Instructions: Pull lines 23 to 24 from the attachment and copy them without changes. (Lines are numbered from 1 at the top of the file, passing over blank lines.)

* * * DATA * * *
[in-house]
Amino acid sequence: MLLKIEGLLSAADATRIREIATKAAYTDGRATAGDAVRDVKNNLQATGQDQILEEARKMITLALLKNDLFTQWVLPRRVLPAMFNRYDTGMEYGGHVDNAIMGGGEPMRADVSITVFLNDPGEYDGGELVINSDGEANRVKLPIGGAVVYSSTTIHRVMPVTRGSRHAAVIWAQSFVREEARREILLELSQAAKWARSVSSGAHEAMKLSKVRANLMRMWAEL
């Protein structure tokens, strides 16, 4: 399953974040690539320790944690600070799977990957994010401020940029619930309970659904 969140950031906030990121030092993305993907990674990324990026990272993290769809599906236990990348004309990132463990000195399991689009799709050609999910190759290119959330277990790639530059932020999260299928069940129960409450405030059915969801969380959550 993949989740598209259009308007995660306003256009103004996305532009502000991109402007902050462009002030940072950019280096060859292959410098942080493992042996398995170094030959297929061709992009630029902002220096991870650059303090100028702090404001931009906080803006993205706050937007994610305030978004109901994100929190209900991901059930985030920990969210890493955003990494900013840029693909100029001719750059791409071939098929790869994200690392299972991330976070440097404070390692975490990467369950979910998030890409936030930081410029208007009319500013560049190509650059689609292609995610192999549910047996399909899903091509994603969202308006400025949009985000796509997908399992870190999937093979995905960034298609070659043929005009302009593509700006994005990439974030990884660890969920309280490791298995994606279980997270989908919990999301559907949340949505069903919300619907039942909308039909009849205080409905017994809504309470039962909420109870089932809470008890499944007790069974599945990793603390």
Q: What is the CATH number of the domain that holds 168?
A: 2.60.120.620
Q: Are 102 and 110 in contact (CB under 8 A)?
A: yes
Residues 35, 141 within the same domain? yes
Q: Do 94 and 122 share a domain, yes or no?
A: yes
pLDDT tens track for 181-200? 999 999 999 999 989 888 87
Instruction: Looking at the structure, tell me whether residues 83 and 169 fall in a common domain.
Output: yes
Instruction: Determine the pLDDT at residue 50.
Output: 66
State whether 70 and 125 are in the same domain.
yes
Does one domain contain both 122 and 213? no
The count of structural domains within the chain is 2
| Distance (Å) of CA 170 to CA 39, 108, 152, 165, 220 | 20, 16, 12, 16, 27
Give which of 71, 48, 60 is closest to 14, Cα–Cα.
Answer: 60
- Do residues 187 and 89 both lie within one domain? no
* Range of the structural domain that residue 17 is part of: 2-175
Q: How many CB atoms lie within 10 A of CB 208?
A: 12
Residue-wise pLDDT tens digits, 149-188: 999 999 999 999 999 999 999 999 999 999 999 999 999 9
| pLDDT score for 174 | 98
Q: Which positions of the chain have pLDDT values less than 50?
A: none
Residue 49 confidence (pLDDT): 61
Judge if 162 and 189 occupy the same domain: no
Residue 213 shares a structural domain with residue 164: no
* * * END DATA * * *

- Do residues 187 and 89 both lie within one domain? no
* Range of the structural domain that residue 17 is part of: 2-175